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How to recognize diabetic neuropathy?
How to recognize diabetic neuropathy? In the early stage of diabetic neuropathy, patients are often difficult to detect because there are no obvious clinical symptoms.
Diabetic neuropathy is a disorder of the nervous system caused by diabetes. Approximately 70% of diabetic patients have some form of neuropathy. The characteristics of these pathologies are that they can appear at any time during the course of diabetes and will also increase with the age of the patient. Growth and prolongation of the disease course increase the risk of neuropathy .
According to relevant clinical statistics, the prevalence of neuropathy is 30% to 40%, 60% to 70%, and more than 90% in patients with diabetes for 5 years, 10 years, and 20 years.
If not detected, diagnosed and treated in time, it will affect the quality of life such as appetite and sleep, and will significantly increase the risk of diabetic foot, cardiac autonomic neuropathy, painless myocardial infarction, and sudden cardiac death.
However, the tragedy is that in the early stages of diabetic neuropathy, patients are often difficult to detect because there are no obvious clinical symptoms.
Later, as the disease progresses, various clinical symptoms will appear, such as numbness, pain, insensitivity, orthostatic hypotension, resting tachycardia, etc., but the disease is often not early at this time.
So how to find out the murderer behind-diabetic neuropathy early?
1 Temperature check
Pour cold water and warm water into the cup, and then touch the skin of the foot with the cup wall. If the patient does not feel the change in cold or heat, it means that the temperature sense is lost.
2 Position detection
Ask the patient to close their eyes, and then push up or down the toe (or finger). If the patient cannot distinguish the direction of movement of the toe, it may indicate abnormal nerve position.
3 Standing blood pressure test
Let the patient lie supine on the bed and rest for 15 minutes in a quiet environment. Fix the cuff on the patient’s right upper arm and measure the blood pressure. Do not untie the cuff after the measurement, and ask the patient to stand up immediately, raise the right arm to keep the cuff, sphygmomanometer and the heart at the same level, and measure blood pressure quickly. If the systolic blood pressure drops by more than 20mmHg or the diastolic blood pressure drops by more than 10mmHg in the standing position compared with the supine position, it can be judged as “Orthostatic hypotension”.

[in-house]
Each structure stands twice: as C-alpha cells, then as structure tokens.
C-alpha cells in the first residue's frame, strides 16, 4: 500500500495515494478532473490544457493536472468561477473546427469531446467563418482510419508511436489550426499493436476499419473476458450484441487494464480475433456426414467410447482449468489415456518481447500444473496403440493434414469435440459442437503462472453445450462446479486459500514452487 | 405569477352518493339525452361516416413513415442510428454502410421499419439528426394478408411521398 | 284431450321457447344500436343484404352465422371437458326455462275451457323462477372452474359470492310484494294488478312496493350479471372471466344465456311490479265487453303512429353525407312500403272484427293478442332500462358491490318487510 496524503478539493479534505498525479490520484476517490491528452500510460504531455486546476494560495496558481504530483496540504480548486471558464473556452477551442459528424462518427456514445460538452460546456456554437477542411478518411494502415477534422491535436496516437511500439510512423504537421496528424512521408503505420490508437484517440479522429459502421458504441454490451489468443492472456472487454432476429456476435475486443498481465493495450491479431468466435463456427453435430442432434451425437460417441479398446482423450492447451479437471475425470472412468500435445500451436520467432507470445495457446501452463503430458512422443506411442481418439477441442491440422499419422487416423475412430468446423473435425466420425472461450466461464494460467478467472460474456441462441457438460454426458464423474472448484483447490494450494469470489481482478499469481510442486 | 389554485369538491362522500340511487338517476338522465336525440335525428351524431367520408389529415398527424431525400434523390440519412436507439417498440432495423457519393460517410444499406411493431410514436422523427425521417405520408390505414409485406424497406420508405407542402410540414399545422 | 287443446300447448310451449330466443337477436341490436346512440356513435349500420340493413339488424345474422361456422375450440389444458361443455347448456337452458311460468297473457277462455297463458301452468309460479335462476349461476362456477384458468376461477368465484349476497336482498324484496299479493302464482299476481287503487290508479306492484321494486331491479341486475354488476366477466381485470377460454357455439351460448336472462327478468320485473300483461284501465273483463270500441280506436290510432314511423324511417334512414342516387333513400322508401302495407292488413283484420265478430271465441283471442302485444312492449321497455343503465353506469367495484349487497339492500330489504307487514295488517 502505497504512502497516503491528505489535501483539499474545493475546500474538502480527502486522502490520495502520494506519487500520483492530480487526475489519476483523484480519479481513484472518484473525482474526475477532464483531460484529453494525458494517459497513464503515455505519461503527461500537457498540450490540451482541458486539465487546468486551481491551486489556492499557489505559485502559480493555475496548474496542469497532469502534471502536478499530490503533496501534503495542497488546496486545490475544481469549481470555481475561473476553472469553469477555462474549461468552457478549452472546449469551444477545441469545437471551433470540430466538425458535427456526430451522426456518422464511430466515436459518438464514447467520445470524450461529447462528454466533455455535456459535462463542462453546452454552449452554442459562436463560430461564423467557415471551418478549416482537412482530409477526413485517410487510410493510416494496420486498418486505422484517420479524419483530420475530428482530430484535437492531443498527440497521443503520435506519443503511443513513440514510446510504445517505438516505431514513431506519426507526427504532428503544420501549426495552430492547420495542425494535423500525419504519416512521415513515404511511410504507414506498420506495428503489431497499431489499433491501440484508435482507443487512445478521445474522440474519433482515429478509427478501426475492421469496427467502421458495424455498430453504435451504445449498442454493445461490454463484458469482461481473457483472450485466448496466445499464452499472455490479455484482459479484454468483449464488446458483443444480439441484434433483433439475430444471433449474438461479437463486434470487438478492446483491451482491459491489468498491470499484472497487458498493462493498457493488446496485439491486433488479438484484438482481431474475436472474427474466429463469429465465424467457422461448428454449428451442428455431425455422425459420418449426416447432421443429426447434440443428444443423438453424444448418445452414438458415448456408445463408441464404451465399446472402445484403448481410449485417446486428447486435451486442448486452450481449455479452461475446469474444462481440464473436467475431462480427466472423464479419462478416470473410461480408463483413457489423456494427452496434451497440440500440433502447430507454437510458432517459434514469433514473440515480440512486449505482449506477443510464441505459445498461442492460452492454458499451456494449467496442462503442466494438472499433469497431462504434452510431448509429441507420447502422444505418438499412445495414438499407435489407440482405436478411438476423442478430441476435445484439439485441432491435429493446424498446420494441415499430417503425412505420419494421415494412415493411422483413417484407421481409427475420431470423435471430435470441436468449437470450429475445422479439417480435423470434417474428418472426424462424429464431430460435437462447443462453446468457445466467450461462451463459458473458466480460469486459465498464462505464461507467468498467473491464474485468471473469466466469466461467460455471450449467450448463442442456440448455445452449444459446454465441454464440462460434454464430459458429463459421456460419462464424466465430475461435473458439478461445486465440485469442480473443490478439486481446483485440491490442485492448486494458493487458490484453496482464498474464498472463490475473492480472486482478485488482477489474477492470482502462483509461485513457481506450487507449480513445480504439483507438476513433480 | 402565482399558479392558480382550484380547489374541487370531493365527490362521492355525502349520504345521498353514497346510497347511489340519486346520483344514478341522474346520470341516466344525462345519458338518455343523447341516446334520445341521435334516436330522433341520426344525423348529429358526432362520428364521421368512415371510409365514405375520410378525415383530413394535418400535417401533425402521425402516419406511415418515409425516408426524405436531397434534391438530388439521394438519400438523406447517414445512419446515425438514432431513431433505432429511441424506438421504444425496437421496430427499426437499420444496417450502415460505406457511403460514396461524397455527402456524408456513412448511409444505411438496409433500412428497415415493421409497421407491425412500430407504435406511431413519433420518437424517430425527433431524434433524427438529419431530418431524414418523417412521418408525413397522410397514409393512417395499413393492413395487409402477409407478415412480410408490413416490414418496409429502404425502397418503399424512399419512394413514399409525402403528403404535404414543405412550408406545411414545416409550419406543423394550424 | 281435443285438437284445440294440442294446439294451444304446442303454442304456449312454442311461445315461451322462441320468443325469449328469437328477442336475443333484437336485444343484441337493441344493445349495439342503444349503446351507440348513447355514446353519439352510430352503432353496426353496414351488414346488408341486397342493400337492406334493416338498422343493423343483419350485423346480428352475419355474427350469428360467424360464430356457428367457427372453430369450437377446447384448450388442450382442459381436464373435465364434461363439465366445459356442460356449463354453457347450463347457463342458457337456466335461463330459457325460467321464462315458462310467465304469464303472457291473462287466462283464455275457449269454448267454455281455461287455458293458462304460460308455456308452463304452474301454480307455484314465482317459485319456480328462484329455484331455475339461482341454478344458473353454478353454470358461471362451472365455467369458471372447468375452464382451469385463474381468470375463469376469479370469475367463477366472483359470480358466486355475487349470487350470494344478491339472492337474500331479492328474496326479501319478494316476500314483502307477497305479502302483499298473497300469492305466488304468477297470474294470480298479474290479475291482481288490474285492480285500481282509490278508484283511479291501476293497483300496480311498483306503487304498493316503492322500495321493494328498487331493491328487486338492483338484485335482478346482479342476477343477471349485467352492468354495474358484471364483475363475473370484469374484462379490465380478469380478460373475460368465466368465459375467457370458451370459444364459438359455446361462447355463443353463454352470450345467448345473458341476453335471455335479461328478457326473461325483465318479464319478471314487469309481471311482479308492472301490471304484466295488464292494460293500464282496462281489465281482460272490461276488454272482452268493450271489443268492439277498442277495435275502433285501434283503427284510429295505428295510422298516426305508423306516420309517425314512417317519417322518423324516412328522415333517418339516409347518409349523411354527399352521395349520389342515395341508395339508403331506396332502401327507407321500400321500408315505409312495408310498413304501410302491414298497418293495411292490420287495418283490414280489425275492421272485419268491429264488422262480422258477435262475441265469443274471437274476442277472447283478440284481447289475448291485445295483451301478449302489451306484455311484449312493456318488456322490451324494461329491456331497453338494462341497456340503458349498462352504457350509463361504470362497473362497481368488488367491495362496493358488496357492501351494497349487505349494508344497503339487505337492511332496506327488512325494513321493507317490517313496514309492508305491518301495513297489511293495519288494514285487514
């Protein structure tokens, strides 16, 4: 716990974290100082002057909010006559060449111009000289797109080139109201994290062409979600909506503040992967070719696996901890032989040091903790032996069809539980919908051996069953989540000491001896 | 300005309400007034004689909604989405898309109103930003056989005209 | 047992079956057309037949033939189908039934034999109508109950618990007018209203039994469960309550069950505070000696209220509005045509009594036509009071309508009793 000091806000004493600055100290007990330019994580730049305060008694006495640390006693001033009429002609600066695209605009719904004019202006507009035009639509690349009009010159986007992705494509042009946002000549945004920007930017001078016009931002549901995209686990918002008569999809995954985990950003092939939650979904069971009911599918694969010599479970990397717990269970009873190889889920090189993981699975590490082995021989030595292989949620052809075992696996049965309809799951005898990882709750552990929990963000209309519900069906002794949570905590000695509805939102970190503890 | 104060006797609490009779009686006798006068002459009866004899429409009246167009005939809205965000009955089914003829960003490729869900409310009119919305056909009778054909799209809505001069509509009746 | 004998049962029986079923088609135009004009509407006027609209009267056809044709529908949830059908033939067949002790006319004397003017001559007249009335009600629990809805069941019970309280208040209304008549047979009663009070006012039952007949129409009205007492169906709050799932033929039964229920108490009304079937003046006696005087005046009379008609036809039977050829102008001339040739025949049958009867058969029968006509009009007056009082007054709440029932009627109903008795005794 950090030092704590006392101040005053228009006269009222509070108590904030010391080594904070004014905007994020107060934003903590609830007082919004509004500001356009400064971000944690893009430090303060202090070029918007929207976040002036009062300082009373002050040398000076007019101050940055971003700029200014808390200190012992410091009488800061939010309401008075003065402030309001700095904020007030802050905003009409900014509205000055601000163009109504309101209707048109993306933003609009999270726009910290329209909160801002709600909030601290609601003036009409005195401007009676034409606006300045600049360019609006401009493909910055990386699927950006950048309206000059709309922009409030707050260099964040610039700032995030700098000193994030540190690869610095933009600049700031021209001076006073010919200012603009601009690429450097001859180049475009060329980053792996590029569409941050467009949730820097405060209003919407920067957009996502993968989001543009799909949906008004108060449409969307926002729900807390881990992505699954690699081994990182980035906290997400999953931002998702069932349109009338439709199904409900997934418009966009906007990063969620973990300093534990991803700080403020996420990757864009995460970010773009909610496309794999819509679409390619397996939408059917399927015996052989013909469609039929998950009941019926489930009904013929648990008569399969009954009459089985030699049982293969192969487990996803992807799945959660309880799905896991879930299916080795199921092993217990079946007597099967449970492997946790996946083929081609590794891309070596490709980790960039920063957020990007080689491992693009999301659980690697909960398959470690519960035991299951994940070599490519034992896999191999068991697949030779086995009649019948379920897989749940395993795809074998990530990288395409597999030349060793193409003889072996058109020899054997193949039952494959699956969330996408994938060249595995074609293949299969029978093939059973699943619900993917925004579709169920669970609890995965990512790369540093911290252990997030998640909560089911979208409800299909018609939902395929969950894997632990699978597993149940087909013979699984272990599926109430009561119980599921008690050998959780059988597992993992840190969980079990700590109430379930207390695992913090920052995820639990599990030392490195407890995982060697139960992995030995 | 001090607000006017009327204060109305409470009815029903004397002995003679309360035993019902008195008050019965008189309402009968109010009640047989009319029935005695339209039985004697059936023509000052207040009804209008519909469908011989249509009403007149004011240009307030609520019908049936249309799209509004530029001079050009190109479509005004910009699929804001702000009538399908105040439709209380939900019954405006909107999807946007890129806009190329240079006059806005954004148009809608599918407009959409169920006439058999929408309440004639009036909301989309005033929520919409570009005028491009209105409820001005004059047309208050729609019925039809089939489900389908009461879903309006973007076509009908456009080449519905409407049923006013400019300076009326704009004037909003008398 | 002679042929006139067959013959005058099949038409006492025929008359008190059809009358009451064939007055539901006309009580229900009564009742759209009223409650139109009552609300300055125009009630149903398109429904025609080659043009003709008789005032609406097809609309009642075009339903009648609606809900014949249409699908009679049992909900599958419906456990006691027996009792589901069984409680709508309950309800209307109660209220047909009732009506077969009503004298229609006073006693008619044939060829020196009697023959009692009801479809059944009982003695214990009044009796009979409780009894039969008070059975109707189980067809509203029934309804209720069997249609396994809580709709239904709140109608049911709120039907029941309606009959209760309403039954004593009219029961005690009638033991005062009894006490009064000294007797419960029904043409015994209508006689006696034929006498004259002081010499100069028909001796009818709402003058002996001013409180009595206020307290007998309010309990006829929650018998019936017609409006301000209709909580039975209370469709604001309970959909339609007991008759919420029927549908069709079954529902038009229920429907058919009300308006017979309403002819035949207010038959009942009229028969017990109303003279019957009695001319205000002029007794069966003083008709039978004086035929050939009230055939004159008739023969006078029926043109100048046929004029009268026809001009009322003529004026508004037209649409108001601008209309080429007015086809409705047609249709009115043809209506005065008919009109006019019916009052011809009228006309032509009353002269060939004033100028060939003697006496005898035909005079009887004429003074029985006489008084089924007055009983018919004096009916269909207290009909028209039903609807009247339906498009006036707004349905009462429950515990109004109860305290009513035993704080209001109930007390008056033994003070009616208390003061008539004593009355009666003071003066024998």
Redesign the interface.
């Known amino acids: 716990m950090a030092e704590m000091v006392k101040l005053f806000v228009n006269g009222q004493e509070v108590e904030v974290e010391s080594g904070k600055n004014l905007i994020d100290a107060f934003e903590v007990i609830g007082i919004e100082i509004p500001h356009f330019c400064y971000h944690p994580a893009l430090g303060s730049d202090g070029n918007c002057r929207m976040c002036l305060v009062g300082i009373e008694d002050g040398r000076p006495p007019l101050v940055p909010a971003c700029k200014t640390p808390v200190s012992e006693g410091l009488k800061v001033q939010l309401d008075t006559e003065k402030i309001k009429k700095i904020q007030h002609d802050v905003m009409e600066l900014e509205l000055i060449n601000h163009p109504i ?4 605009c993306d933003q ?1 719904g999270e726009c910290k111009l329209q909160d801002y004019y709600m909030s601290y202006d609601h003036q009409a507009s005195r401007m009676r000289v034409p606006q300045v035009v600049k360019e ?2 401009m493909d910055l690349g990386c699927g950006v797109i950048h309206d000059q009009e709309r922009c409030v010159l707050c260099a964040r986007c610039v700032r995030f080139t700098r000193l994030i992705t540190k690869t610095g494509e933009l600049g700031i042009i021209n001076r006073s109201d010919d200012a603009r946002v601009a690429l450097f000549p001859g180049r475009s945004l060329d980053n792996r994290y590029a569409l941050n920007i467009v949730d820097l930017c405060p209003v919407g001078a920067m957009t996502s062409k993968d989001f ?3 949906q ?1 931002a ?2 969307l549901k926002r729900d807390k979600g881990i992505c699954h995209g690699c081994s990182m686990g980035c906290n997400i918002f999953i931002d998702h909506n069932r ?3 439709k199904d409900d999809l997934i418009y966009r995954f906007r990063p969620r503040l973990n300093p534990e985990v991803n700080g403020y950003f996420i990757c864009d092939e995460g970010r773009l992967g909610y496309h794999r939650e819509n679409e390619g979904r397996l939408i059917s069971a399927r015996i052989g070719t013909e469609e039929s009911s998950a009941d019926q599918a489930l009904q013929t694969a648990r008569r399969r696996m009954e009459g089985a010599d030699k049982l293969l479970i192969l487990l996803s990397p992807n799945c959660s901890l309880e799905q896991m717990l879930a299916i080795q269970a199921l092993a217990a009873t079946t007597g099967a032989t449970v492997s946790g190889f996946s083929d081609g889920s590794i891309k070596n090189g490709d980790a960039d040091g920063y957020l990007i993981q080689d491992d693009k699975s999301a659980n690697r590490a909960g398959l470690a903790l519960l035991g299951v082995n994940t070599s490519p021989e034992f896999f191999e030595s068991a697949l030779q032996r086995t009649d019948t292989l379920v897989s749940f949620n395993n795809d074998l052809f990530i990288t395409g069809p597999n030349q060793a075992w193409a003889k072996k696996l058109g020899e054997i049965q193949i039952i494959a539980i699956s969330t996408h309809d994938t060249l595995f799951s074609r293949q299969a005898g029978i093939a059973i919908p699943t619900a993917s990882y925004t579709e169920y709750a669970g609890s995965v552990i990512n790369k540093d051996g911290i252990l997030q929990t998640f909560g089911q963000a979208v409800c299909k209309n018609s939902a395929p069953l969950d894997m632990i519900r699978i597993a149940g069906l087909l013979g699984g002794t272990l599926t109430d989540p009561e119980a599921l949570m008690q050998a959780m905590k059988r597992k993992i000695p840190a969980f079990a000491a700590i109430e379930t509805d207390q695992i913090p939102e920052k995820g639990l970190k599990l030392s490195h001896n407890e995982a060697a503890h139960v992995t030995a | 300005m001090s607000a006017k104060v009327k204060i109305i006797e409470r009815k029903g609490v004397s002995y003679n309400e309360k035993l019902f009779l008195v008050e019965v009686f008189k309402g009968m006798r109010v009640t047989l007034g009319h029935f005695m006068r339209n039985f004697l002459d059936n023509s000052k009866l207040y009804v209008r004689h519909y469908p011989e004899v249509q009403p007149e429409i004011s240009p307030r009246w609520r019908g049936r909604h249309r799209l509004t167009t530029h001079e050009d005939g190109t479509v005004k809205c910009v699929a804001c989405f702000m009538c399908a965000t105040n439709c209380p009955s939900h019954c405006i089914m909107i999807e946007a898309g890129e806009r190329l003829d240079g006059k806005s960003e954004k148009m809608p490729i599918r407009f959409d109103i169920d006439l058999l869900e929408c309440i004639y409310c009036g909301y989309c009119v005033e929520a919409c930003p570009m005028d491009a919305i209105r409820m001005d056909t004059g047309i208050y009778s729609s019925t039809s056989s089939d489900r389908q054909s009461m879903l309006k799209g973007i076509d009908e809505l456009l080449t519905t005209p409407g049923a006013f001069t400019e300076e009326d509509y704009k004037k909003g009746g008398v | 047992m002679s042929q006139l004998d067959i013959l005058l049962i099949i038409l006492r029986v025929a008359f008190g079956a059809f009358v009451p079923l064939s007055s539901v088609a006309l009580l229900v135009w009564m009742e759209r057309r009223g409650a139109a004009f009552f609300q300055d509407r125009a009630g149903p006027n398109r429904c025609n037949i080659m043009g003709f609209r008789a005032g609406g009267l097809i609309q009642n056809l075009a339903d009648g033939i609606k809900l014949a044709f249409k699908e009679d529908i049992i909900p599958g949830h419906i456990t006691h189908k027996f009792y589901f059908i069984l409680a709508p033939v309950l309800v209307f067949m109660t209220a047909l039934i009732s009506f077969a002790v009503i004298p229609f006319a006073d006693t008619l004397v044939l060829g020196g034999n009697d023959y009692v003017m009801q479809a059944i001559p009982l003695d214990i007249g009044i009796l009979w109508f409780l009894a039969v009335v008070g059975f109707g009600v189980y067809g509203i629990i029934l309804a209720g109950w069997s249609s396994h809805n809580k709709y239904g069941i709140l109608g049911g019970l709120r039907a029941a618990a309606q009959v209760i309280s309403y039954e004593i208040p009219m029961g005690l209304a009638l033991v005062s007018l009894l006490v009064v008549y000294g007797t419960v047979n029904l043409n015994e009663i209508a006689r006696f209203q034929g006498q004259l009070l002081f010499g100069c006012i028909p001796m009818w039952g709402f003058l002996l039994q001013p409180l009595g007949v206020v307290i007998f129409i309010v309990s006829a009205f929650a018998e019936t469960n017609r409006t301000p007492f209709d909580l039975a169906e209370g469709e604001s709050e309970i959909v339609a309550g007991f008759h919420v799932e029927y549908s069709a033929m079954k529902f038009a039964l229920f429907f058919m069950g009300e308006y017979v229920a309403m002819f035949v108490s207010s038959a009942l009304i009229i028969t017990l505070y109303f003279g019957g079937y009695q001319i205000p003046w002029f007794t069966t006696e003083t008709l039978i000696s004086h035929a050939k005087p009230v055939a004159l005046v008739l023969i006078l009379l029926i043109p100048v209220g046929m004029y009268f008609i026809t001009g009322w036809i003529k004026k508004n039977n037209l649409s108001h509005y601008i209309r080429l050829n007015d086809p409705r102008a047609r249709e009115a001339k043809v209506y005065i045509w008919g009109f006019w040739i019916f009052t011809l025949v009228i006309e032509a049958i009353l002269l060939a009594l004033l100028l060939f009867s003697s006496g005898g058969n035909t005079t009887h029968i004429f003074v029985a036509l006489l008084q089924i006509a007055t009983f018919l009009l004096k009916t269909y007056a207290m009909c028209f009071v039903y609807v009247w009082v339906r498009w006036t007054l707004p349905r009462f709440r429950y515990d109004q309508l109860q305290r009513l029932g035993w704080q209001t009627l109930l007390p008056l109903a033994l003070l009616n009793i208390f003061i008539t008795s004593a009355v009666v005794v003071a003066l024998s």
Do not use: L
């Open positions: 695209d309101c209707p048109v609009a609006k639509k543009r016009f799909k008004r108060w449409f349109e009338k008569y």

1 Pain test
Mainly by measuring the different responses of the foot to the pain caused by acupuncture, to initially assess the function of the peripheral sensory nerve.
2 Tactile inspection
A special 10g nylon wire is used to stimulate the palms of the hallux and metatarsal heads I and V. If the patient does not feel it, it means that the sense of touch is decreased.
3 Vibration inspection
A 128 Hz tuning fork is placed on the bony prominence on the back of the patient’s hallux. If the patient’s feeling of vibration caused by the tuning fork is weakened or disappears, it indicates abnormal nerve vibration.
4 Achilles tendon reflex detection on both feet
Tap the Achilles tendons on both sides of the patient with a percussion hammer. If the Achilles tendon reflex is weakened or disappeared, it may indicate peripheral neuropathy.
Patients with diabetic neuropathy are basically difficult to reverse. Therefore, prevention and early detection are particularly important.
General recommendations: patients with type 1 diabetes should be screened for diabetic neuropathy after 5 years of diagnosis; type 2 diabetes should be screened for diabetic neuropathy at the beginning of the diagnosis, and at least once a year after that.
At the same time, it is recommended that diabetic patients can take the aldose reductase inhibitor epalrestat, which has excellent performance in the treatment of DPN. Studies have confirmed that epalrestat has the effect of improving symptoms and delaying progression of DPN .
(source:internet, reference only)